Taihu (Tai Lake) stones, long admired since the Tang dynasty, are one of the most widely known and easily recognized of all stones, both in China and in western countries. Their primary use were as garden stones, often large signature pieces occupying key locations in classical gardens. Taihu became a major stone used in traditional gardens in the Tang dynasty and in other classical gardens built in later dynasties. The larger garden stones became the object of many artists, poets, and writers. In fact, they may well have been the subject of more works of arts and writings than any other stone. The Lingbi and Ying stones were also admired by writers and artists.
Medium- to smaller-sized pieces of Taihu stone were used to build rockeries in gardens and for use in key locations along the edges and in small ponds or lakes within gardens. The supply of choice stones was limited and some scholars think that the supply was exhausted during the late Tang dynasty. This was based upon numerous writers from this period lamenting how expensive these stones were and the difficulty in getting them. The supply of stones from Lake Tai was limited and eventually exhausted. Mowry (1997) wrote “During the Qing dynasty, other sites occasionally produced Taihu-like stones, including Zhaoqing, in Guangdong province and Guangde, in Anhui province.” Water weathered limestone can be found in many locations throughout southern China since much of the underlaying rock is limestone. We have even seen Taihu-like limestone taken from the Mekong River in Yunnan province.
The literature reveals that artists in the Northern Sung dynasty would sometimes carve and work pieces of limestone to resemble Taihu stones, and then place them back in lakes, for several years let the natural wave action to further shape the stones. Even some of the stones from Taihu were worked to create additional new holes or undulations. It is often difficult to tell if an older stone has been worked in this manner.
Smaller choice pieces of Taihu stones were mounted on wooden bases, and brought in doors, and used as scholar’s stones on the desks of artists, poets, and writers. Antique Taihu stones from the Ming and Qing dynasties, when they can be traced to that time, are in great demand and command high prices when they are available. Today, “Taihu stones” can occasionally be seen and purchased in stone markets in China. Most of these are heavily worked (carved or made via sand blasting), or they are stone sculptures that resemble Taihu stones. The quality varies considerable from crude pieces to beautiful works of art. Antique Taihu stones are best purchased from reputable antique dealers, or from serious collectors who hold stones passed down from one generation to the next generation.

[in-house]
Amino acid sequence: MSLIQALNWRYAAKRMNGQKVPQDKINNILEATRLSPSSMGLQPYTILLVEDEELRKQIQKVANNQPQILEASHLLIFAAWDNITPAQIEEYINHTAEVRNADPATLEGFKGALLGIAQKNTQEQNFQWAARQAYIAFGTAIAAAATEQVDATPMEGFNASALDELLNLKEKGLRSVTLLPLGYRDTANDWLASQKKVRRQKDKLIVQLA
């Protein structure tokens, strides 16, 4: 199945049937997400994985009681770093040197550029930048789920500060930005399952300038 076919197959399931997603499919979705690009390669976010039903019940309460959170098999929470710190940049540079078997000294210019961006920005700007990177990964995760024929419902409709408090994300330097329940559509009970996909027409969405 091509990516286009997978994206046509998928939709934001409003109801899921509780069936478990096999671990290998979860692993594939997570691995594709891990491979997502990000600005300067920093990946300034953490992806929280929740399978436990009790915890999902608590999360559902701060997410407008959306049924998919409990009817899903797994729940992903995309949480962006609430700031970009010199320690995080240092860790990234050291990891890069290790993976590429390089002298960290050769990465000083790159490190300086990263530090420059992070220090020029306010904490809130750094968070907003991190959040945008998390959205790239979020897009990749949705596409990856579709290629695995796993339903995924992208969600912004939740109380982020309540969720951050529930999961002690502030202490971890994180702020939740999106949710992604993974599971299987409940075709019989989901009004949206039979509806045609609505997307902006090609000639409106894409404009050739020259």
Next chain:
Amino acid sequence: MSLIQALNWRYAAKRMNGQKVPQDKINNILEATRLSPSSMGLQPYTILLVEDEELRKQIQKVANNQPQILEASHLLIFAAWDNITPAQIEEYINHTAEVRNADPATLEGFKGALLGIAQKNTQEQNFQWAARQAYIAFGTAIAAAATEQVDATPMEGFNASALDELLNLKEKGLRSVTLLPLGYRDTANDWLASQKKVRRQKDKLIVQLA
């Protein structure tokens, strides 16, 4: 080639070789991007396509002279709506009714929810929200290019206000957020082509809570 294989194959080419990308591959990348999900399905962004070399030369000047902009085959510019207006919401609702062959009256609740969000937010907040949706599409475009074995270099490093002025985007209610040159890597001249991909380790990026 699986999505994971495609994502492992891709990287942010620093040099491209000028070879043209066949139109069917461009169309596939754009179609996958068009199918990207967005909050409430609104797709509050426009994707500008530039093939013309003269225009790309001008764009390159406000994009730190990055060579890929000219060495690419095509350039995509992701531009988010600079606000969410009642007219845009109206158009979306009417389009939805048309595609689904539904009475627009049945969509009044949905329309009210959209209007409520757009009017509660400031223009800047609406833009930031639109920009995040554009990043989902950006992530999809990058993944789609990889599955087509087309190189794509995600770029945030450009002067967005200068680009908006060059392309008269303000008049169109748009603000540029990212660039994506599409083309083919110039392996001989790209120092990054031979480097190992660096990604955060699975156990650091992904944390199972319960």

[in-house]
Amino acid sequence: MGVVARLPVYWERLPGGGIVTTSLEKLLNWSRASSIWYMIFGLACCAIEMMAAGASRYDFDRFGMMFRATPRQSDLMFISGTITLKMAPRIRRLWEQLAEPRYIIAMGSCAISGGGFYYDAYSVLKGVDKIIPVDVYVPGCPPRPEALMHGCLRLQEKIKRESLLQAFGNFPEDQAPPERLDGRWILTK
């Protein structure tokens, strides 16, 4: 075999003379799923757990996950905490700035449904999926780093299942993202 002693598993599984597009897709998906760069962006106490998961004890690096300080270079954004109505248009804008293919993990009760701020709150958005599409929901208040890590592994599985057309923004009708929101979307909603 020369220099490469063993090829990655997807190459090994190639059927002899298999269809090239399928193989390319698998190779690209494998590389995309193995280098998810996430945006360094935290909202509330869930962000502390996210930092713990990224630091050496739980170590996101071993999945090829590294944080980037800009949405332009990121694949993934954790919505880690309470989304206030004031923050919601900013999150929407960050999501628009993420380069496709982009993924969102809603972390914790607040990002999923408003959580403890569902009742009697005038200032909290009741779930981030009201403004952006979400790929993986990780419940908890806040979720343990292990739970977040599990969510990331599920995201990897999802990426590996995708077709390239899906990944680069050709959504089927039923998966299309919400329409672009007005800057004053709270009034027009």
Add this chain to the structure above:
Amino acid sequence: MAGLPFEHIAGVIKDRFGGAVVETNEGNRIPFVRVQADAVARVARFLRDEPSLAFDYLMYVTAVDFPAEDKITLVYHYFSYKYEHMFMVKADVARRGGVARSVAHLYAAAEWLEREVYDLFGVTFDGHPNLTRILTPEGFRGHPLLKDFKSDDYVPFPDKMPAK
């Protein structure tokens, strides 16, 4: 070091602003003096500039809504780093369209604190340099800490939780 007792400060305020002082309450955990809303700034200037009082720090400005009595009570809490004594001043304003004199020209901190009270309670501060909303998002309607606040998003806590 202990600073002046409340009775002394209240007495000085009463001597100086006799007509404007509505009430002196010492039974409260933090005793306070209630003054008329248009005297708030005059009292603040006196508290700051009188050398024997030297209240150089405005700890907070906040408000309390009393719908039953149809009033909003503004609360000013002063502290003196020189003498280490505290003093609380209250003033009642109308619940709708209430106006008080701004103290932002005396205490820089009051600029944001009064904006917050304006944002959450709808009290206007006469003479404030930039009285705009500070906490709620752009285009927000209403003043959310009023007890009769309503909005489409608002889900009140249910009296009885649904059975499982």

Historical Aspects: Taihu stones have been the main object in some of the poems from famous poets. For example, the Tang dynasty high official Niu Sengru (779-849) loved stones and assembled a collection of over 1,000 stones. He was especially fond of Taihu stones and Niu had the famous poet Bai Juyi write The Records of Tai Lake Stones for him. This illustrates the importance of these stones at that time.
Later, in the Qing dynasty, artists often painted scenes from the great Chinese novel Dream of the Red Chamber by Ca Xueqin. This epic book, about the rise and fall of a family, and dealing with themes such as the reality of nature and truth, was also known as The Story of The Stone. Many of the paintings depicted garden scenes replete with large Taihu stones.
The Dream of the Red Chamber will be the subject of a future feature article, and more detailed information about stones in Chinese poetry will be treated in future articles on this web site.
Today, one of the best places to see and learn about historically important Taihu stones is the Lingering Garden in Suzhou. This Ming dynasty garden has collected and erected over 30 large, vertically oriented stones including The Cloud-Capped Peak, one of three most famous Taihu stones in China. Other well known stones in this garden include The Mountainous Cloud Peak, The Auspicious Cloud Peak, and The Sunflower Peak.
Origin: Taihu stones are water eroded limestone that originated first and foremost from the Grand Lake or Lake Tai, the third largest fresh water lake in China. This relatively shallow body of water with its characteristic and famous stone formations is located on the borders of Jiangsu and Zhejiang provinces and just West of Wuxi. Originally, the stones were broken from their connection to larger rocks or bed rock by divers, and the stones were lifted onto boats and carried to shore. Some large stones were transported via the Great Canal to major cities like Suzhou to adorn the gardens of prominent bureaucrats or wealthy merchants. Some of the pieces were huge, reaching 15 meters in height.
Features: Original Taihu stones are heavily water-worn pieces resulting millions of years of wave action, slowly eroding away softer stone, leaving behind an often abstract shaped rock that has numerous holes or channels, often slender and more vertical than horizontally oriented and has a wrinkled surface with indentations and undulations. Edges on Taihu stones are typically rounded or nearly so and appear worn rather than having sharp edges. These pieces of limestone are often granular, and range in color from the more commonly encountered cream and off white stones to ones that are light gray and less common pale blue to yellow, red, and black. Hu (2008) states that these stones are 3 to 4 on the Moh hardiness scale; thus, making them a relatively soft stone.
References in Chinese: Liu 2007, pp. 52-57; Ren 2000, 2002.
References in English: Hay, Hu 2002, pp. 25-29; Mowry 1997, pp. 26-27;